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Can blood from recovered COVID-19 patients help the newly-infected?

Healthy people who have recovered from a COVID-19 infection could be carrying a COVID-19 treatment in their blood. Researchers from Aarhus University and Aarhus University Hospital will investigate, whether COVID-19 patients who have recovered from the infection, have antibodies that can be used as protection against the coronavirus. The study receives almost DKK 7 million from the Danish government's emergency funding pool for corona-related research and development.

2020.04.07 | Henriette Stevnhøj

Martin Tolstrup is researcher at Aarhus University. Photo: Tonny Foghmar

When the body is attacked by a virus, it produces antibodies in the blood to fight the disease. A new study being carried out at Aarhus University and Aarhus University Hospital will now provide an answer to the question of whether antibodies from healthy COVID-19 patients can be used in the treatment of those who are still infected and ill. The study is being led by Associate Professor Martin Tolstrup from the Department of Clinical Medicine at Aarhus University and the Department of Infectious Diseases at Aarhus University Hospital.

"The study involves examining the quality of the antibodies that patients who have recovered from the disease have in their body. The antibodies are formed to fight the infection, and what we need to clarify, is whether the quality of the antibodies is so good that they can be used in the treatment of other patients," explains Martin Tolstrup, who has received a fast track grant of DKK 6,840,635 from the Danish government's total pool of DKK 150 million.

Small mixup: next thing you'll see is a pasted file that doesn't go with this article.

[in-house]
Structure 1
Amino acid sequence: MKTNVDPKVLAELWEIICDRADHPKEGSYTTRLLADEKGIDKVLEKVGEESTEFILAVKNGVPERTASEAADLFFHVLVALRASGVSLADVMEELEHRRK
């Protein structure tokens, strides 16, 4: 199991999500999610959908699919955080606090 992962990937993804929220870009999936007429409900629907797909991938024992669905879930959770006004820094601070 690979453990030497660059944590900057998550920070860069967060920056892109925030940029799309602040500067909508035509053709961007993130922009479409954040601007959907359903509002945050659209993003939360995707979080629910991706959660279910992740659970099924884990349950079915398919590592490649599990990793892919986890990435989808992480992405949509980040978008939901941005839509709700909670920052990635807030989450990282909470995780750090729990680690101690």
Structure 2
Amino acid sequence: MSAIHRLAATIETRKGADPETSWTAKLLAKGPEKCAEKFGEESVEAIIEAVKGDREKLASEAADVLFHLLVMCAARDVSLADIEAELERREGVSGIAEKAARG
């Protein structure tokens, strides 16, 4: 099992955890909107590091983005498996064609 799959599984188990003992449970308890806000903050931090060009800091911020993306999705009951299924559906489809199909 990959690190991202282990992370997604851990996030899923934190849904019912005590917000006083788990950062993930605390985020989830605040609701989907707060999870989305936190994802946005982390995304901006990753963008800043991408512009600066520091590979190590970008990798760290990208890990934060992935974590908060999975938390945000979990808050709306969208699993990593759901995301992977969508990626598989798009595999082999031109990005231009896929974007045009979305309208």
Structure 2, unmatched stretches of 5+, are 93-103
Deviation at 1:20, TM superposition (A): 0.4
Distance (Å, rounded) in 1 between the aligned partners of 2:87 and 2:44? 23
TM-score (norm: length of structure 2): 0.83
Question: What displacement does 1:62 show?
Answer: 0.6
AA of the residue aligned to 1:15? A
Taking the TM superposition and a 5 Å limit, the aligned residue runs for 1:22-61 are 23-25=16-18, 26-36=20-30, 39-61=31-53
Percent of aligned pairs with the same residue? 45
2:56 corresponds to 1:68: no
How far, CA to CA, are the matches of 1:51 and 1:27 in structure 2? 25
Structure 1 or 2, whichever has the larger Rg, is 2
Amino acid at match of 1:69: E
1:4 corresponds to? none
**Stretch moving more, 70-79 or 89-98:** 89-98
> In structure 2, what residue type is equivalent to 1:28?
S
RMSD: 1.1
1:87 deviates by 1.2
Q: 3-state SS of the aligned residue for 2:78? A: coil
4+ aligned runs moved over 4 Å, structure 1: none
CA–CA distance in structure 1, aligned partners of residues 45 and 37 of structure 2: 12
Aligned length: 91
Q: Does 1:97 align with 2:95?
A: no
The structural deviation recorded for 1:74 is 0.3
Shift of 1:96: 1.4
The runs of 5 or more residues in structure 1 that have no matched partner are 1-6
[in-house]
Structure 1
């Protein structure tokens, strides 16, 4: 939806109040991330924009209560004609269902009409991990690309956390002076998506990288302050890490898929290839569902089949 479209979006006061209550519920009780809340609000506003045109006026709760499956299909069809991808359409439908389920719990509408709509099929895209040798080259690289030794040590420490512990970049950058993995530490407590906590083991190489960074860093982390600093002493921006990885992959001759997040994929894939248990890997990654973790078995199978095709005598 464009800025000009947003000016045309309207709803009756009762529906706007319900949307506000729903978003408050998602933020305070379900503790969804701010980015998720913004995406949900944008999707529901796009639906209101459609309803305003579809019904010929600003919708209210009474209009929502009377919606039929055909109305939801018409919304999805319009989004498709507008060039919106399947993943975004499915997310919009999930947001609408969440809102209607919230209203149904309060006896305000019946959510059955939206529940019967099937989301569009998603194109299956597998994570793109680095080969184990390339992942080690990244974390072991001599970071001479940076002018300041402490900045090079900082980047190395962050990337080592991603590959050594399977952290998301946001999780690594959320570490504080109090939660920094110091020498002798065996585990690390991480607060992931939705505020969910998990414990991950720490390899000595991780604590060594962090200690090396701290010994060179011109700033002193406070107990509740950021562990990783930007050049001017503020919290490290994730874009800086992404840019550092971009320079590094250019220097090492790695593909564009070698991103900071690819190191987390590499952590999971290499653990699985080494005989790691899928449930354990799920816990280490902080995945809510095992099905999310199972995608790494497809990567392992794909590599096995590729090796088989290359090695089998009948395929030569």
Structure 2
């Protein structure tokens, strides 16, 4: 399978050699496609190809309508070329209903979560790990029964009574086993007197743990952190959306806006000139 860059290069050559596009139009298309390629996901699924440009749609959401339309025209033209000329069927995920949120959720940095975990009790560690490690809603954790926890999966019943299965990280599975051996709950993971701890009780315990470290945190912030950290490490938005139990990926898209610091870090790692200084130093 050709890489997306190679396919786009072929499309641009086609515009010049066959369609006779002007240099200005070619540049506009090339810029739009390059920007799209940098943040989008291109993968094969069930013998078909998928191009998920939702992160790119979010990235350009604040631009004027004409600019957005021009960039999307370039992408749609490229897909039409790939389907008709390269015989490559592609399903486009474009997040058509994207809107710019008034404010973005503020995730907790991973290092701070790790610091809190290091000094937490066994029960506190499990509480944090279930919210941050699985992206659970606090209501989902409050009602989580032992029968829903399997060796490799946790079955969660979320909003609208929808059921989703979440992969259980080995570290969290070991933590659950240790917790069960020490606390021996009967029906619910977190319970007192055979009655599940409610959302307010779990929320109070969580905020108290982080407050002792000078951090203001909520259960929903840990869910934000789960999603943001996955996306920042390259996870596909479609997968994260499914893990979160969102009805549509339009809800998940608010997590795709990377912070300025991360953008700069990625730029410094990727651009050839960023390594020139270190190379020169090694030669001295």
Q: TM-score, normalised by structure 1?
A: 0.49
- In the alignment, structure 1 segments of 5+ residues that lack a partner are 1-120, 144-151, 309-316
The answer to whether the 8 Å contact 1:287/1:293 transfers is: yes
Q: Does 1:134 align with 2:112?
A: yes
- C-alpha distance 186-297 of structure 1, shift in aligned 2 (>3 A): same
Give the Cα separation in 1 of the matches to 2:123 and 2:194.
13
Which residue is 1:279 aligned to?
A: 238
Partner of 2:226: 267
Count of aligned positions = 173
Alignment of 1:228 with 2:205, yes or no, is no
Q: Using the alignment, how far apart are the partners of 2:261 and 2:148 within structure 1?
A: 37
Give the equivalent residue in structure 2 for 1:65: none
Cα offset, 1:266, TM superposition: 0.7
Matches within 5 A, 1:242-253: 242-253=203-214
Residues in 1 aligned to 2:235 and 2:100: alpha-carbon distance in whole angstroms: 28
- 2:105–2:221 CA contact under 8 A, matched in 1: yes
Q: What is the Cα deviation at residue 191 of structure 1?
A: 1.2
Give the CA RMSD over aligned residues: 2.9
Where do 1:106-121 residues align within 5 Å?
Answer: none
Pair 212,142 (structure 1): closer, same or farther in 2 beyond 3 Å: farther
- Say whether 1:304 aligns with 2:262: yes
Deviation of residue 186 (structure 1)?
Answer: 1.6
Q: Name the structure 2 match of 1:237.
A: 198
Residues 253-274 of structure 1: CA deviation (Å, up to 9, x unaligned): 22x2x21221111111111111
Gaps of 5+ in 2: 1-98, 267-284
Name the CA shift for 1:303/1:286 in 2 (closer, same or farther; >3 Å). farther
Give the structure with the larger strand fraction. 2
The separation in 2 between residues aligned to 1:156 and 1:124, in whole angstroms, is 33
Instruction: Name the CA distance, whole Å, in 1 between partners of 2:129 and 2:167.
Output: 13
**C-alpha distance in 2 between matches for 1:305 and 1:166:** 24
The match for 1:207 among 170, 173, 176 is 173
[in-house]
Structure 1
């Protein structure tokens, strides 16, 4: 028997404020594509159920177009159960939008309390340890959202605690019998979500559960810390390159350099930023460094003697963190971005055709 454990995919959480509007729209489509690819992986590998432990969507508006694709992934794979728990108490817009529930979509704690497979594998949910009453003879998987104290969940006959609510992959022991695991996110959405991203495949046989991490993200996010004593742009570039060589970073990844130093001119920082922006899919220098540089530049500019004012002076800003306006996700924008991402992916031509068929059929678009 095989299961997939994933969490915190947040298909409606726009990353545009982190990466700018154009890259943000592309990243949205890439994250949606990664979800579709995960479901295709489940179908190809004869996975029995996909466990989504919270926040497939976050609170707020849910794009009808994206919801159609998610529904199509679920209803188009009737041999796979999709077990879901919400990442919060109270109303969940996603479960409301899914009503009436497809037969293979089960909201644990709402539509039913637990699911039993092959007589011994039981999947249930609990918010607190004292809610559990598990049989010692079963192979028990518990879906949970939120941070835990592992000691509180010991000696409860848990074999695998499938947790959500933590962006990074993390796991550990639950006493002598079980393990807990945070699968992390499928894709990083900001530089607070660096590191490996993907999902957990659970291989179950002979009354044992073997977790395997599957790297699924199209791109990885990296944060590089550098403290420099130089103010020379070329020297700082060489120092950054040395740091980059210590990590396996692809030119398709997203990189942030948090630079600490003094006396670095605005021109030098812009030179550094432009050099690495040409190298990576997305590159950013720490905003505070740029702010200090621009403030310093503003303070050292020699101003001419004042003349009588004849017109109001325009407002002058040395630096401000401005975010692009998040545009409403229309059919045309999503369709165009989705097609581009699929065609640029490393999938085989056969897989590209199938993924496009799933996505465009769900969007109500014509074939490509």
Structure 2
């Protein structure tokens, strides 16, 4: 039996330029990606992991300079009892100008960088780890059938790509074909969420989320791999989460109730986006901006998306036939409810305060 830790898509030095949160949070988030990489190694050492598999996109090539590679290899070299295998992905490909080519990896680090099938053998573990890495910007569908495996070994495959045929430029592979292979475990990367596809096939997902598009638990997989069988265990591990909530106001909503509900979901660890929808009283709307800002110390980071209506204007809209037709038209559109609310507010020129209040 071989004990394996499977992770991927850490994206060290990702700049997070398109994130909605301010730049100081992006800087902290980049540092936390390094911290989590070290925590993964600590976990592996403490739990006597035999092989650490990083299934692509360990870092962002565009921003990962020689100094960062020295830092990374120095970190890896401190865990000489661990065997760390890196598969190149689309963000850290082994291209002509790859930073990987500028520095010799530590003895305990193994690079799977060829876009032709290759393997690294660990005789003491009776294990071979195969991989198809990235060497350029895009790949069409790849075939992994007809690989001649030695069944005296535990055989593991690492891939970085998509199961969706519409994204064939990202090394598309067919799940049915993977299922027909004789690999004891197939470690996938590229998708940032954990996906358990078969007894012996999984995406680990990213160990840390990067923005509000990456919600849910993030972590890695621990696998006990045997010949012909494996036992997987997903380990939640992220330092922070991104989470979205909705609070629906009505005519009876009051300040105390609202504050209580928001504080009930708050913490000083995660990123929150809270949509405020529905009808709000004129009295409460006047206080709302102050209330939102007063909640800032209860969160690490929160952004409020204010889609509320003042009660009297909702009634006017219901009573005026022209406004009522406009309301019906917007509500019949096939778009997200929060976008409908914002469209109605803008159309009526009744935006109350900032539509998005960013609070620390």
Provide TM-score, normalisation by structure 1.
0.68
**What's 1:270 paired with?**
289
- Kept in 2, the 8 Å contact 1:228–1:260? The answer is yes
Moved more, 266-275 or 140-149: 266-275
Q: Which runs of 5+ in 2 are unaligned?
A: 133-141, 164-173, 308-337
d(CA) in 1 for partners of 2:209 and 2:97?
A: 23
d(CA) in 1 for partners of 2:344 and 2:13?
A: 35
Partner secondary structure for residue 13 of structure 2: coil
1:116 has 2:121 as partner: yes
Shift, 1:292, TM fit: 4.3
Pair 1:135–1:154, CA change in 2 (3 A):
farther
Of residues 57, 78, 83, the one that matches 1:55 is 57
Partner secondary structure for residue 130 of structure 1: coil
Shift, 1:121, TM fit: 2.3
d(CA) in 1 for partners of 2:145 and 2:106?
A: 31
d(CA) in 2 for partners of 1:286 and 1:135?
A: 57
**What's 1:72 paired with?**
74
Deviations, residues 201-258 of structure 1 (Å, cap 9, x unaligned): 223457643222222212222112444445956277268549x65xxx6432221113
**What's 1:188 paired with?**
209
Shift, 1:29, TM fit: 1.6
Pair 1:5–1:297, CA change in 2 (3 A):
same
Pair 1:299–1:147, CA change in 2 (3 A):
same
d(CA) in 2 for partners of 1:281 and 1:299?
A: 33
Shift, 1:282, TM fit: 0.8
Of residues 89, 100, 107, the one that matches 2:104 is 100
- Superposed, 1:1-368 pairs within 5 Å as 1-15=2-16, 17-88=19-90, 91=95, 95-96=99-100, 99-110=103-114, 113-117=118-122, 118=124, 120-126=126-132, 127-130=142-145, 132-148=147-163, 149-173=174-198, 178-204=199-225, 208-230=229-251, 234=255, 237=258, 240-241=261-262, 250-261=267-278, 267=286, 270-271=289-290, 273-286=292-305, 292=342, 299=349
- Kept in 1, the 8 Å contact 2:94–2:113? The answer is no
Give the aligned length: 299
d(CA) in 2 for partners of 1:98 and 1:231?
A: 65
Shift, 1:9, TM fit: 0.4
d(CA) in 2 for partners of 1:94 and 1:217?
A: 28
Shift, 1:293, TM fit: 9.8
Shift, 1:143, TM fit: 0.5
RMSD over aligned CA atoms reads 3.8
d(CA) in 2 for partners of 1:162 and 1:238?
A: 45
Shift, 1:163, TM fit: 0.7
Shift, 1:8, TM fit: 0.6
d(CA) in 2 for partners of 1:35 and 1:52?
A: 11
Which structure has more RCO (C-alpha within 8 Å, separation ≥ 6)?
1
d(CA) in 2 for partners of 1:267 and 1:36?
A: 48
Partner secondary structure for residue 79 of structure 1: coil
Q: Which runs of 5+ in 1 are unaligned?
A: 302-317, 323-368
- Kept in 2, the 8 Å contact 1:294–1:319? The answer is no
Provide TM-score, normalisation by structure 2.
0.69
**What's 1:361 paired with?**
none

The goal of the study is to extract blood plasma from the blood of healthy individuals and use it as treatment in the form of a blood transfusion. The treatment is initially intended for COVID-19 patients who are not yet critically ill but who are at risk of becoming so. 

Healthy people can be donors

"Antibodies are a very active biological form of medication, as they are derived from the body's own immune system. The study will examine the quality of the antibodies produced after the COVID-19 disease. What we hope to see is that when we give antibodies to a sick person, their body receives help to fight the infection," says Martin Tolstrup. Together with his research colleagues, he has contacted healthy patients who are a key element in the study’s feasibility.

"We've written to people who were known to be infected approximately four weeks ago, and who have now been declared healthy. This means they now have so many antibodies in their blood that we can measure this optimally," he says.

He expects the study, which is taking place at Aarhus University Hospital, will include at least two hundred previously infected people. Several recovered patients have already volunteered to be donors.

"We’ve received a very positive response and we’re very pleased to see that so many are people interested in contributing to the study," says Martin Tolstrup.

The study is divided into two stages; in stage one, the researchers purify and test the antibodies from healthy patients' blood and measure the quality of the antibodies. This is done in the research laboratory in Aarhus. In stage two, a plasma transfusion is given to hospitalised patients who are assessed to benefit from plasma derived from donated blood. This plasma transfusion stage of the project will take place at several hospital departments around Denmark.


Associate Professor, MSc Martin Tolstrup
Department of Clinical Medicine, Aarhus University, Department of Infectious Diseases, Aarhus University Hospital
Email: mtol@clin.au.dk
Mobile: (+45) 2067 9741
Photo: Tonny Foghmar.

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